Data Security Evaluation

Here there
be monsters

Here There Be Monsters was a phrase written on maps to indicate uncharted waters or suspected treacherous areas.


OK, so there's a lot of data to secure and we're shifting where it lives. How are we doing when it comes to securing our data today?

Let's use Data Security Scores for some data-driven ground truth.


A typical organization has a data security score of:


Here's how the future will look based on analyzing these trends and vectors.


Data Security Score Avg


We've examined several data security trends over time. Here's how data security scores project when we incorporate every noted trend and vector.


Now that we've done the analysis, how did it match your intuition? Were you optimistic about the future? If so, are you still?


Data loss realities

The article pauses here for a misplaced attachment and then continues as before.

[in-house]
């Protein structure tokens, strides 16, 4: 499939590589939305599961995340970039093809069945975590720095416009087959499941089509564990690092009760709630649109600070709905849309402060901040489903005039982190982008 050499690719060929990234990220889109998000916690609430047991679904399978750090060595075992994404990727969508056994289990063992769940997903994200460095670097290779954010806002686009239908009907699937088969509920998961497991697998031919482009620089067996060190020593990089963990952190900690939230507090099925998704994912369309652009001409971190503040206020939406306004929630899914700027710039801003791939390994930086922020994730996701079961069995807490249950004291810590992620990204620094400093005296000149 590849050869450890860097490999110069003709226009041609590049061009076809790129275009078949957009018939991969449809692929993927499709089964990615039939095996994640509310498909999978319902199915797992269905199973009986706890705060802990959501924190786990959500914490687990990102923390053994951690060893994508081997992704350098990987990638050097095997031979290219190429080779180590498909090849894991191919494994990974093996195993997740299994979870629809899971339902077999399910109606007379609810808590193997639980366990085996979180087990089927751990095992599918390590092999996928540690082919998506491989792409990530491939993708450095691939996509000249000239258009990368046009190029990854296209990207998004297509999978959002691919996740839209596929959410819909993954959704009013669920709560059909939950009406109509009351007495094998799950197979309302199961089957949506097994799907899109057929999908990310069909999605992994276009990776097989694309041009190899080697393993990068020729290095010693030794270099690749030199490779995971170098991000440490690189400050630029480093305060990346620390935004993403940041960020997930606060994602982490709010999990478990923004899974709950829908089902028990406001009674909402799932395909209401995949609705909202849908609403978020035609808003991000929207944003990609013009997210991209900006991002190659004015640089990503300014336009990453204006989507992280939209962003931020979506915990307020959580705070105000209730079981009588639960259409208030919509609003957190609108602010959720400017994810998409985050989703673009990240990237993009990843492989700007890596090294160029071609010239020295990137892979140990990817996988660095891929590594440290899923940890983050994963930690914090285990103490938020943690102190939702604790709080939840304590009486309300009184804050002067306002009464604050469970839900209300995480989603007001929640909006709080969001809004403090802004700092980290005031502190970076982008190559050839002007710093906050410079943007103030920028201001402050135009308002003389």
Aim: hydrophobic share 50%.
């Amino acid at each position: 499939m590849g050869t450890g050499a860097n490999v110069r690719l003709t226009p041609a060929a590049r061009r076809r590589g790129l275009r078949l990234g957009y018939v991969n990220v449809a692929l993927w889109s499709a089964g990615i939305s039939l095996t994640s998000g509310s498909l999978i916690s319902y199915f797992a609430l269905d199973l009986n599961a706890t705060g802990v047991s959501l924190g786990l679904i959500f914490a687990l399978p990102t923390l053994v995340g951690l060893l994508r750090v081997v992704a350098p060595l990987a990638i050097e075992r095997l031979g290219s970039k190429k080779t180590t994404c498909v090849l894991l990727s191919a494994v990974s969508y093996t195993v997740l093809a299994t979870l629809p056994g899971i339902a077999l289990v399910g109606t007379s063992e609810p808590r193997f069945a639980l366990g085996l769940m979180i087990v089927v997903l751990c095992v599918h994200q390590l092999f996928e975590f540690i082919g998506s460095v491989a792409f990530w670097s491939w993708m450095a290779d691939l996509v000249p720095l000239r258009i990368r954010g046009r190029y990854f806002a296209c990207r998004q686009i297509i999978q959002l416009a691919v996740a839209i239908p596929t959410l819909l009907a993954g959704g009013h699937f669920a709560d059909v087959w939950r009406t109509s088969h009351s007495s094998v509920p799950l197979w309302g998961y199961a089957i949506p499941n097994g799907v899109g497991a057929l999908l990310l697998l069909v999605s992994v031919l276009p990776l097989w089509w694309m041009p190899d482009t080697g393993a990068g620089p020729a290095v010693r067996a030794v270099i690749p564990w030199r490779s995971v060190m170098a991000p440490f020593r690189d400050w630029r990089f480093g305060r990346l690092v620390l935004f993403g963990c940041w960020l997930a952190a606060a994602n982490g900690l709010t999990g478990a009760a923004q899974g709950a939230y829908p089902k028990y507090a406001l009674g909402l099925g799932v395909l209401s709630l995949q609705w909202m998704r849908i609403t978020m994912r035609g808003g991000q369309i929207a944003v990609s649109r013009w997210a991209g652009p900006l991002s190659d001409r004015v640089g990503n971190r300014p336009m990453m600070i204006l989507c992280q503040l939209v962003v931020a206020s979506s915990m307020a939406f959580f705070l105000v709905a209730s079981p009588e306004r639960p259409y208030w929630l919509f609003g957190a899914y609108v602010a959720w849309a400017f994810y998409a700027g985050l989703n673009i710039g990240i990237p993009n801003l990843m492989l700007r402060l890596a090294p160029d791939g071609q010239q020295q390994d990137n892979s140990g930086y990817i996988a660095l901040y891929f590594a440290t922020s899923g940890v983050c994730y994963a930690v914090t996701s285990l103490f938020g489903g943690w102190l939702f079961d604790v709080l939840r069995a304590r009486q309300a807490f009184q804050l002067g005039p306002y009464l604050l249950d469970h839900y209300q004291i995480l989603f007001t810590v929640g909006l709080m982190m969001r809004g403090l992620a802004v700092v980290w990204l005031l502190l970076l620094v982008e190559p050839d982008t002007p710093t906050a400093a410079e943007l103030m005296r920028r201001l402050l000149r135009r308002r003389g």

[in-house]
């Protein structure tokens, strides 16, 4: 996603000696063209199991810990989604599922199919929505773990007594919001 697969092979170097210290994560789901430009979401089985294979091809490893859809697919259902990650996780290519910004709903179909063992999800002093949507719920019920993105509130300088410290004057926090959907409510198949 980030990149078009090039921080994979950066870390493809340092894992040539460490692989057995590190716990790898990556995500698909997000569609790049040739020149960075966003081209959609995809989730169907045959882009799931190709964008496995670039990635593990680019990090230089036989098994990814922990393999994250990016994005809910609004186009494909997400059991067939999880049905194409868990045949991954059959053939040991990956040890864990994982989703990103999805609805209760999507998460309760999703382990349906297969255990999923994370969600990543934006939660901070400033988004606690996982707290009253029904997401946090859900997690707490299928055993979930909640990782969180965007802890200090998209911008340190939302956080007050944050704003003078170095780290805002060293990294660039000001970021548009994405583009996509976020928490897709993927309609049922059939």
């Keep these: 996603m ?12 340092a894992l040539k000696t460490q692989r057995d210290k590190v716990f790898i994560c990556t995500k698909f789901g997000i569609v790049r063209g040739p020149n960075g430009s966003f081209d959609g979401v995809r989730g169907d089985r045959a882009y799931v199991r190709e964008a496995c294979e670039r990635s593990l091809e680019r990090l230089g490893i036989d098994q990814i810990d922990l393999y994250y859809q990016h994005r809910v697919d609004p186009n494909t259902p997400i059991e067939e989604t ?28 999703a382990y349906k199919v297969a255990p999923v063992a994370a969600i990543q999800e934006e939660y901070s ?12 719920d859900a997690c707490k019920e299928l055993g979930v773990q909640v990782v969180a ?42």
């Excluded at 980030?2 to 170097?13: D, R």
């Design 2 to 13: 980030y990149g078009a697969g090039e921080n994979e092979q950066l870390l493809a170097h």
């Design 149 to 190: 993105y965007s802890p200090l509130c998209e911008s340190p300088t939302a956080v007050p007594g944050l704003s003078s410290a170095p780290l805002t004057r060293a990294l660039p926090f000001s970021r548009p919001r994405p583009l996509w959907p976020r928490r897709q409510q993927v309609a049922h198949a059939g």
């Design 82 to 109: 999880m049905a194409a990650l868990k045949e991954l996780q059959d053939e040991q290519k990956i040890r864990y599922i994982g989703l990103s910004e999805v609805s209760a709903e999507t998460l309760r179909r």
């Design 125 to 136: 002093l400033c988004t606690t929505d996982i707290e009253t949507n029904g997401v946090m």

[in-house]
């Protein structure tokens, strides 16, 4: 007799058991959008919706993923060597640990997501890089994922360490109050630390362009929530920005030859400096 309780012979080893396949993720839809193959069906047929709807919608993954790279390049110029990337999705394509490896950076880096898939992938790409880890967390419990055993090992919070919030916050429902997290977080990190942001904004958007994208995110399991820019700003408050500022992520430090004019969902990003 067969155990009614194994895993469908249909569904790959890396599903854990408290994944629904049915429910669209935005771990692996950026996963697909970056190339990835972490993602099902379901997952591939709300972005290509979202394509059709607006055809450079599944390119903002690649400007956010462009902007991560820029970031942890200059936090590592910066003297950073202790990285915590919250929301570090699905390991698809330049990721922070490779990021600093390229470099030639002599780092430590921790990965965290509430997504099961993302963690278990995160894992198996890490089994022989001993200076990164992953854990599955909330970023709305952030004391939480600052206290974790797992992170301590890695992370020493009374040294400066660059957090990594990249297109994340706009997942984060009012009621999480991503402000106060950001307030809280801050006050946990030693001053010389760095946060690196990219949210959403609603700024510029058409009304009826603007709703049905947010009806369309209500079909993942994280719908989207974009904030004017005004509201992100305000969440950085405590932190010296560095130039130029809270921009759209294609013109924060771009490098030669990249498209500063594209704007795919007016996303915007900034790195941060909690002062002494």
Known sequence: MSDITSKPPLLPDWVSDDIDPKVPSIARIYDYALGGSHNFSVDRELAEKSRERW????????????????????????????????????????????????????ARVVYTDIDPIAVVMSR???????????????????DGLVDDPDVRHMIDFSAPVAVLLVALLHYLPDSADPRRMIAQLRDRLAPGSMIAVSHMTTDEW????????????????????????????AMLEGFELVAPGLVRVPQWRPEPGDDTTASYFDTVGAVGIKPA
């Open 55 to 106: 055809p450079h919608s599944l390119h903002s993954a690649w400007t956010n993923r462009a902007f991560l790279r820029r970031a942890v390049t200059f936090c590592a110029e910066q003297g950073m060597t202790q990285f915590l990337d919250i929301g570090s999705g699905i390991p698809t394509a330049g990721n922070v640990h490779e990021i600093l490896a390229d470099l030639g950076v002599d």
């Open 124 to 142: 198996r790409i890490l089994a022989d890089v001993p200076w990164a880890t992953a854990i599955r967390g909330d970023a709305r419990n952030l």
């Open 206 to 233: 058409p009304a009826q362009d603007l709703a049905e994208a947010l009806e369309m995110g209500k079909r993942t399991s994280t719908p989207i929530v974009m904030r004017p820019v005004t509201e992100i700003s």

So far, we've used intuition and analysis to look at data as a whole. What about threats to this same data?

Lets flip back to intuition and hear from your peers.




Did your organization experience a material loss of sensitive information in the past 12 months?


More than half of all external organizations experienced a material loss of sensitive information in the last year.


of external organizations experienced a material loss of sensitive information last year


Approximately 1 of every 6 external organizations experienced multiple material losses of sensitive data in 2022


Data Types Compromised in External Organizations Last Year




The Road
Less Traveled

We might not be great at predicting our futures. But now we have a guidepost to use in charting a new path.

Next, let's examine some fundamental, proven methods to improve data security. These may sound basic. That's because they are. But they also happen to work really well. Don't trust us-we'll show you.

Let's do a quick vibe check before we go too far.